Images of samurai — their armor, weaponry, battles, and emblems — are probably even more pervasive in modern culture than they were when warriors ruled the Japanese archipelago. Video games, comic books, and film all attest to the continued popularity of the samurai. Below you can see scenes of the Battle of Nagashino (1575) as depicted in Akira Kurosawa’s 黒澤明 1980 film Kagemusha 影武者 (Shadow Warrior). Though not entirely historically accurate, the scene nevertheless faithfully displays many of the trappings of the samurai detailed in the materials of this exhibit.
On the outside wall of the exhibit, you can see reproductions of battle banners (hata 旗) of several famous samurai of the Warring States period (1467–1600), including those of Takeda Shingen 武田信玄 (1521–1573) and Oda Nobunaga 織田信長 (1534–1582). Takeda was defeated by Oda in the Battle of Nagashino.
The battle banners (hata 旗) displayed outside this exhibit are reproductions of banners belonging to famous samurai of the Warring States period (1467–1600), all of which also appear in materials displayed in the exhibit.
Sanada Yukimura 真田幸村 (1567–1615). Gold six–coin crest on red ground. The six coins are the required payment to cross the River of Three Crossings 三途川 in the afterlife. Sanada was the leading general of the Toyotomi side in the Battle of Osaka (1614–1615).
Takeda Shingen 武田信玄 (1521–1573). Takeda diamond crest in gold with gold lettering on navy ground. The lettering is a poem from Sun Tzu’s Art of War (孫子兵法, c. 544–496 BC). 疾如風徐如林侵椋如火不動如山 “Swift as the wind, silent as a forest, fierce as fire, unmovable as a mountain.”
Tokugawa Ieyasu 徳川家康 (1543–1616). Three black triple–heartvine crests on white ground. The Tokugawa defeated the last of their rivals, the Toyotomi clan, in the Battle of Osaka (1614–1615). The Tokugawa shoguns effectively ruled Japan from 1600–1868.
Oda Nobunaga 織田信長 (1534–1582). Gold flowering quince crest on black ground. Oda defeated the Takeda clan at the Battle of Nagashino in 1573, largely thanks to his use of firearms.
In the spring of 1333, exiled Emperor Go–Daigo 後醍醐 (1288–1339) escaped his island imprisonment and attempted to overthrow the Kamakura warrior government, which he saw as a usurpation of imperial power. This painting depicts Go–Daigo being carried from his boat to shore at Hōki province 伯耆国 by the samurai Nawa Nagashige名和長重 (dates unknown), assisted by some of his clansmen. The image of an emperor attempting to rule directly, though with the support of loyal samurai, must have been potent and meaningful during the Meiji period (1868–1912), after the Tokugawa regime was overthrown in 1868 by samurai loyal to Emperor Meiji 明治 (1852–1912).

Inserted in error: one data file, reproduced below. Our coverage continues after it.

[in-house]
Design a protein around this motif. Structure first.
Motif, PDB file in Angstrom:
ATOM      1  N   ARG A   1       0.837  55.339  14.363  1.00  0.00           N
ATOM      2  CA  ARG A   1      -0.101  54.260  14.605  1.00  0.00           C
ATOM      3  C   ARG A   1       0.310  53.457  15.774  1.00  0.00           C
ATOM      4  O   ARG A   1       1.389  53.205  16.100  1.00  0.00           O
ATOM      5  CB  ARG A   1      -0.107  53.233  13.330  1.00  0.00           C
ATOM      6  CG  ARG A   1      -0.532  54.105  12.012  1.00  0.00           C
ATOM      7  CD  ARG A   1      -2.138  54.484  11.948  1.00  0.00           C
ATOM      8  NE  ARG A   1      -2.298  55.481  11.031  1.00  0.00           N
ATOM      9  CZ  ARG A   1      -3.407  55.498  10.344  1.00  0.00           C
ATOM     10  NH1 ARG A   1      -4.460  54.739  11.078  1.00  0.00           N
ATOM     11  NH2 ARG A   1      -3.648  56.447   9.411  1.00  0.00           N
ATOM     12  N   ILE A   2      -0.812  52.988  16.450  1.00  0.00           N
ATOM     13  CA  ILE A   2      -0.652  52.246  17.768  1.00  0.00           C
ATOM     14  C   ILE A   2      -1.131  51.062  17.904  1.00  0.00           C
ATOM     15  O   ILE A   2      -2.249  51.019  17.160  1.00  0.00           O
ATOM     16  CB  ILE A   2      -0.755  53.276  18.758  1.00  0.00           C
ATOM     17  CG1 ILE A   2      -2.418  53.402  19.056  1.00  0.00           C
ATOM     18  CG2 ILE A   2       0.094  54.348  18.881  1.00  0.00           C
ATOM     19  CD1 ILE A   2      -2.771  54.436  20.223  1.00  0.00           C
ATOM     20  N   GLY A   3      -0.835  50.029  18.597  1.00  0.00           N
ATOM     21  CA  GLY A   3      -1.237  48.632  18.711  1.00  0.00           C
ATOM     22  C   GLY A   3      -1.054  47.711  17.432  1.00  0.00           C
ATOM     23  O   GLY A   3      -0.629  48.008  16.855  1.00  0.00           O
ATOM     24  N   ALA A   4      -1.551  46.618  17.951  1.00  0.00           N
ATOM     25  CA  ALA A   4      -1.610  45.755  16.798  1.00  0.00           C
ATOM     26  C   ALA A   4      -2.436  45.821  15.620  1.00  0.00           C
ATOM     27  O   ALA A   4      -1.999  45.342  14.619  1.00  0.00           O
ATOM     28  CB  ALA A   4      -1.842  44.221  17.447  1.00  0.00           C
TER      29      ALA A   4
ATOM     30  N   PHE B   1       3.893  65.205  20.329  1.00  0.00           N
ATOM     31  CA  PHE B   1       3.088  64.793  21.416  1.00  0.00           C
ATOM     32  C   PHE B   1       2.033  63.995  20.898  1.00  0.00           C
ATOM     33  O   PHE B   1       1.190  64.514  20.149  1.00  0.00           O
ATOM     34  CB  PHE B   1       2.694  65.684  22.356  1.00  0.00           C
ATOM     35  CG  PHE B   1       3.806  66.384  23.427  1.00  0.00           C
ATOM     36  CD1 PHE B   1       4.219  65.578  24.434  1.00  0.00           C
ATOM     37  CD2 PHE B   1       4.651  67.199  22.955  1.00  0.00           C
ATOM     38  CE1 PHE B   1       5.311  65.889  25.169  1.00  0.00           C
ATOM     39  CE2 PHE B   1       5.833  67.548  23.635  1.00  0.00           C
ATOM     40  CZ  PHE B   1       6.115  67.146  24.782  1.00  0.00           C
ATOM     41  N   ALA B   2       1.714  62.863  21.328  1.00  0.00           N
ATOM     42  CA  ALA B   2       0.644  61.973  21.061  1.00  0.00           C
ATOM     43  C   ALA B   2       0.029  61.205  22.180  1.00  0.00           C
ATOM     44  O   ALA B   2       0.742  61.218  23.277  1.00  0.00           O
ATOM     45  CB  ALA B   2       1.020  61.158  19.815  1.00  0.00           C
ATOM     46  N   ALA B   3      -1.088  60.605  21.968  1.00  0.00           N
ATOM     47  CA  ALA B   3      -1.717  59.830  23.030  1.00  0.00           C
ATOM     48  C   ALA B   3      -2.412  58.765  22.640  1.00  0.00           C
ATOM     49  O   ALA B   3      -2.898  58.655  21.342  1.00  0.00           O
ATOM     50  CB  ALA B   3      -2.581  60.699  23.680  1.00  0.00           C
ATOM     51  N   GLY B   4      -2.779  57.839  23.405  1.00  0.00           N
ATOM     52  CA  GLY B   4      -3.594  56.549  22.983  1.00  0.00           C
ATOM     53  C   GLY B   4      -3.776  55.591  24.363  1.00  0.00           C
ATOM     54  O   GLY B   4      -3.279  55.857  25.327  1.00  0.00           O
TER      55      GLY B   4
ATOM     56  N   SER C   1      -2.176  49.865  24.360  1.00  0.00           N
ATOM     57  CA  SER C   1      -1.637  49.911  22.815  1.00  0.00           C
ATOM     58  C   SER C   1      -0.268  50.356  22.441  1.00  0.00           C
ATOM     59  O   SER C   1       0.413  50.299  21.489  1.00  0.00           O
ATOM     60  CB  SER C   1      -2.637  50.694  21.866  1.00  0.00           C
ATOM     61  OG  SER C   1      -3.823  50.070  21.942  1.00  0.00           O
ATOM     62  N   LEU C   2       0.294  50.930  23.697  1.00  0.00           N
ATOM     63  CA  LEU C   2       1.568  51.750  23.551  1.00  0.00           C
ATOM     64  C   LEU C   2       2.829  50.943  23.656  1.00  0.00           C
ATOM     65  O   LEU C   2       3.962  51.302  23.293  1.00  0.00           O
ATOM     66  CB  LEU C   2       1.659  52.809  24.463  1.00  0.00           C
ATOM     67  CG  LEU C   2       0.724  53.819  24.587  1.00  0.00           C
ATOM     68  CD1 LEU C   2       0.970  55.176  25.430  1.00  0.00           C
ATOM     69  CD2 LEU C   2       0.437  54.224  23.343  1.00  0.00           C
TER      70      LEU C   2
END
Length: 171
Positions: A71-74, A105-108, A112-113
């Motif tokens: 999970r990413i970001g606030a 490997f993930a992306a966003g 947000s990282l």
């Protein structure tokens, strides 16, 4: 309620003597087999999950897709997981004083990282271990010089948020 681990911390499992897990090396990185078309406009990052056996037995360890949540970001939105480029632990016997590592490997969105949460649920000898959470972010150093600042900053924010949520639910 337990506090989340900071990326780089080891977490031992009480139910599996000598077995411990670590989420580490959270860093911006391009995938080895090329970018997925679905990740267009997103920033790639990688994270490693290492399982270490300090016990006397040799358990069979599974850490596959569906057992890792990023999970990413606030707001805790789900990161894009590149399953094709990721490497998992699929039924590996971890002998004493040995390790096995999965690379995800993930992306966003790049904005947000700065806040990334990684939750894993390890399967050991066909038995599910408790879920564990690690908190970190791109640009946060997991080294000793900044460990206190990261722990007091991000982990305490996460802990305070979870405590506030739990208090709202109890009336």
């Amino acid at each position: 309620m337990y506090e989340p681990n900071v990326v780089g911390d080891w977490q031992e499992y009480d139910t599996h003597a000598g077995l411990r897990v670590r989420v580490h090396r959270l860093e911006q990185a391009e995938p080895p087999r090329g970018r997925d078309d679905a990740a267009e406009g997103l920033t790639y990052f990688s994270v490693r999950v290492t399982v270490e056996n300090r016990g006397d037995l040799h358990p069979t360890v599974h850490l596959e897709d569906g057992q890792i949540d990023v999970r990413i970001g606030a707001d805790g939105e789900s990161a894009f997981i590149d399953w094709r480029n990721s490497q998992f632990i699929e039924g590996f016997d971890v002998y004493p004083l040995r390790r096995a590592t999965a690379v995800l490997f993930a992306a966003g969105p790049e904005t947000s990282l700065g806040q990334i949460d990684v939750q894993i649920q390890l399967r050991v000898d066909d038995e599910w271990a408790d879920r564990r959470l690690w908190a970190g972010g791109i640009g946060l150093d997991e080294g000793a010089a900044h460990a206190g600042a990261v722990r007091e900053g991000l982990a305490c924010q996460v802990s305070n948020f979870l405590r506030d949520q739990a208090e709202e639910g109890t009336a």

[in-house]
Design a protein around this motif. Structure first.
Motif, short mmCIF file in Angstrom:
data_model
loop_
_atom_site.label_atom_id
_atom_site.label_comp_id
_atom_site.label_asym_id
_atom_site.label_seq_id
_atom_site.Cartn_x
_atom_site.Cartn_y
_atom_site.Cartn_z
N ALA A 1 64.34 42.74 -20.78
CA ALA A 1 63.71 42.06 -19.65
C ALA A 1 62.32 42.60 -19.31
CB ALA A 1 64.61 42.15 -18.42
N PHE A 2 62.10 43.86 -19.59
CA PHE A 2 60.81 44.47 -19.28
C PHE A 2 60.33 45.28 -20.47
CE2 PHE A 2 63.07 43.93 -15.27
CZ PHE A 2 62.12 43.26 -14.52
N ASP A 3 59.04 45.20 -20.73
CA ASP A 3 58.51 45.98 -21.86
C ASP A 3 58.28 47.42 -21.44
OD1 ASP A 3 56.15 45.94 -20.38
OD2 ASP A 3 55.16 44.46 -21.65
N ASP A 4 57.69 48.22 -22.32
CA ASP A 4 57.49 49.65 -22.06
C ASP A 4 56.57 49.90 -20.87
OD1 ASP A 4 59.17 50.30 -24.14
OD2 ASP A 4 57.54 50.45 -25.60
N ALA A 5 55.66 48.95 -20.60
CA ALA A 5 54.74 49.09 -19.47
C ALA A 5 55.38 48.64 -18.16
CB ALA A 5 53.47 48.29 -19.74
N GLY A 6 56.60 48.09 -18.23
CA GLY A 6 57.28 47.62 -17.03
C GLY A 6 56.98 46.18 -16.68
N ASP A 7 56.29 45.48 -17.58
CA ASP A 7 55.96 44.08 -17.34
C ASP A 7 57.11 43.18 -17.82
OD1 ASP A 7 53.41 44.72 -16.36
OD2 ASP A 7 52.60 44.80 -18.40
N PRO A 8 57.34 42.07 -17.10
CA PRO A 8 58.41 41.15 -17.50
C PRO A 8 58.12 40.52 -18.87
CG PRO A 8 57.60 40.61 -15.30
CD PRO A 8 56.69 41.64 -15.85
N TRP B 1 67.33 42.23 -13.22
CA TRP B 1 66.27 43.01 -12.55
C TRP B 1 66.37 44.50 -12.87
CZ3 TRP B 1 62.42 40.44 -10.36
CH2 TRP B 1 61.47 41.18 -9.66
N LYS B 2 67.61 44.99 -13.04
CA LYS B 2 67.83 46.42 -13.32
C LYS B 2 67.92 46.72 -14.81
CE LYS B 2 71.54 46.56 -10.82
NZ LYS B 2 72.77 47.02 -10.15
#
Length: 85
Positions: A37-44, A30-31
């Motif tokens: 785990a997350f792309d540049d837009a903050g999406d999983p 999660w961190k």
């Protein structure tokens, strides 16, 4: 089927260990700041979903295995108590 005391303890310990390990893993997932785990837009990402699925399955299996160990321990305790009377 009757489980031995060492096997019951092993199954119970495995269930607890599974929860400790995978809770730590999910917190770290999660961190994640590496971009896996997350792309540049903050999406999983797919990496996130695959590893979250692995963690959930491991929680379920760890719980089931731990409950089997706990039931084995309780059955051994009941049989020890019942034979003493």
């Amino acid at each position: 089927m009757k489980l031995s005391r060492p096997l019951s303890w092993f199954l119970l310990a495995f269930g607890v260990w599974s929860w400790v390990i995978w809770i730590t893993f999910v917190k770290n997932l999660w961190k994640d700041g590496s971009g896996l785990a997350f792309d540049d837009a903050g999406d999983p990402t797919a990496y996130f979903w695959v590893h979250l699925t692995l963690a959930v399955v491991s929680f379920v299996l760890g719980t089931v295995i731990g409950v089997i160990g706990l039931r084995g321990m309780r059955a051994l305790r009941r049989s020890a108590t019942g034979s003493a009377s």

In 1879, Kobayashi Kiyochika 小林清親 (1847–1915), who was a samurai and had fought in several battles leading up to the Meiji Restoration (1868), published a woodblock print triptych depicting Emperor Go–Daigo’s 後醍醐 (1288–1339) escape from exile. Kobayashi received training in both Western and Japanese painting, studying under the Englishman Charles Wirgman (1832–1891) and the well–known Japanese artists Kawanabe Kyōsai 河鍋暁斎 (1831–1889) and Shibata Zeshin 柴田是真 (1807–1891). Later in his career, as the popularity of woodblock prints waned, Kobayashi turned to painting large–scale historical subjects in a hybrid Japanese and Western style. Though no signature or seal can be found, it is likely that Kobayashi re–worked his earlier woodblock print into the painting displayed here by eliminating background figures and restructuring the image to fit a vertical format.
Katō Kiyomasa 加藤清正 (1561–1611) was one of the most famous generals of the Warring States period (1467–1600). He participated in Toyotomi Hideyoshi’s 豊臣秀吉 (1537–1598) invasions of the Korean peninsula, where he became known for hunting tigers. Kiyomasa also had one of the most recognizable helmets in Japanese history — a large black court cap with a gold snake eye.
Inscription: 威風堂々一掃千軍兵人此兜萬古不折 ifū dōdō issō sengun heijin kono kabuto banko orazu “His awesome dignity sweeps away a thousand armies of warriors / For countless ages this helmet remains unbroken.”
During the Genpei War (1180–1185), the famous general Minamoto Yoshitsune 源義経 (1159–1189) lost his bow in the surf, but risked his life to retrieve it. When his men asked why he had gone to such great lengths, he answered that it is a short bow, and he could not stand to have the enemy recover it and ridicule him for his puny bow.